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Data Mining and Predictive Analytics, 2nd Edition by Daniel T. Larose, Chantal D. Larose

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Chapter 6Multivariate Statistics

So far we have discussed inference methods for one variable at a time. Data analysts are also interested in multivariate inferential methods, where the relationships between two variables, or between one target variable and a set of predictor variables, are analyzed.

We begin with bivariate analysis, where we have two independent samples and wish to test for significant differences in the means or proportions of the two samples. When would data miners be interested in using bivariate analysis? In Chapter 6, we illustrate how the data is partitioned into a training data set and a test data set for cross-validation purposes. Data miners can use the hypothesis tests shown here to determine whether significant differences exist between the means of various variables in the training and test data sets. If such differences exist, then the cross-validation is invalid, because the training data set is nonrepresentative of the test data set.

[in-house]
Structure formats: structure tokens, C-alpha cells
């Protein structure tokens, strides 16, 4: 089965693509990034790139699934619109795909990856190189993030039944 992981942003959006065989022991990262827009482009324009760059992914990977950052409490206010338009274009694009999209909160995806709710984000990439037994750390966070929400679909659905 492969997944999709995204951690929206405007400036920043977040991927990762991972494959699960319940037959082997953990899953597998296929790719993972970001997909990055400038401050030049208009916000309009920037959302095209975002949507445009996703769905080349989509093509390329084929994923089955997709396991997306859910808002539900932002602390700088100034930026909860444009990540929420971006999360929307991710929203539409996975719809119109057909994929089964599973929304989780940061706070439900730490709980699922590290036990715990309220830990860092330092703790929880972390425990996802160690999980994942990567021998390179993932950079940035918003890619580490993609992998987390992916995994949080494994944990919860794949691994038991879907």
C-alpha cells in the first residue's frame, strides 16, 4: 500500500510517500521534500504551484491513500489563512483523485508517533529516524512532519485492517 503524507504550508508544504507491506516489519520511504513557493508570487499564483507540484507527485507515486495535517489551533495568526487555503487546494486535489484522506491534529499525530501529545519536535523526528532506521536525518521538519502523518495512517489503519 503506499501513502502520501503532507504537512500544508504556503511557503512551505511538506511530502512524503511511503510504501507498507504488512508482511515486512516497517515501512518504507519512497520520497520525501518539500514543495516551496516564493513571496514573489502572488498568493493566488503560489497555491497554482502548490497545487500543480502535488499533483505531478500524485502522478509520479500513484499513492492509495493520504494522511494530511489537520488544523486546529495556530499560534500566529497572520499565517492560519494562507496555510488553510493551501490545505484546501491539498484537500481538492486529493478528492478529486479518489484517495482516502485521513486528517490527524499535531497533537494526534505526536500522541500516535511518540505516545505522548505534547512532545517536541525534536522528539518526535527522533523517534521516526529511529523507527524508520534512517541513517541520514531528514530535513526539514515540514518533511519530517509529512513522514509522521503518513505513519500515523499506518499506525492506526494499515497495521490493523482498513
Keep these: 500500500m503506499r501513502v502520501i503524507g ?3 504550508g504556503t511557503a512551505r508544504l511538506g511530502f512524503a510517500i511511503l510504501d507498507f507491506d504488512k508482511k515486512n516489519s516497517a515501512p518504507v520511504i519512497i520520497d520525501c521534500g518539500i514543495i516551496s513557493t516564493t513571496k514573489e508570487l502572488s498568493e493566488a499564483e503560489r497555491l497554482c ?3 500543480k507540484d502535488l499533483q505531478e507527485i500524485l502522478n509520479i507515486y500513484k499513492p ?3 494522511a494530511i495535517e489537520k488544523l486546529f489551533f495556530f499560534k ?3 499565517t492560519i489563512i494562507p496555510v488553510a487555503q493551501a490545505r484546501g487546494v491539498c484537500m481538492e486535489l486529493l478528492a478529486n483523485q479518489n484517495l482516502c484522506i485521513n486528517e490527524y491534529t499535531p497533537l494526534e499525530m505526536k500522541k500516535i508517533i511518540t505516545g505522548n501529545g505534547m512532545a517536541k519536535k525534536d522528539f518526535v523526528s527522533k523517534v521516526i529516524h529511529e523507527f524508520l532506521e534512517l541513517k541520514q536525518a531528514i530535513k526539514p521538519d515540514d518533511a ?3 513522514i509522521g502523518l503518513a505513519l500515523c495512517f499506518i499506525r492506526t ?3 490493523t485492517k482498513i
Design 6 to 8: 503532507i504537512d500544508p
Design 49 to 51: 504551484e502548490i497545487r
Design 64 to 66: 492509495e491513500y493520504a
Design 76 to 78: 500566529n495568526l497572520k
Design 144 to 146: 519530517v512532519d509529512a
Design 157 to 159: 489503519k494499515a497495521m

• For a continuous variable, use the two-sample t-test for the difference in means.
  • For a flag variable, use the two-sample Z-test for the difference in proportions.
  • For a multinomial variable, use the test for the homogeneity of proportions.

Of course, there are presumably many variables in each of the training set and test set. However, spot-checking of a few randomly chosen variables is usually sufficient.

6.1 Two-Sample t-Test for Difference in Means

To test for the difference in population means, we use the ...

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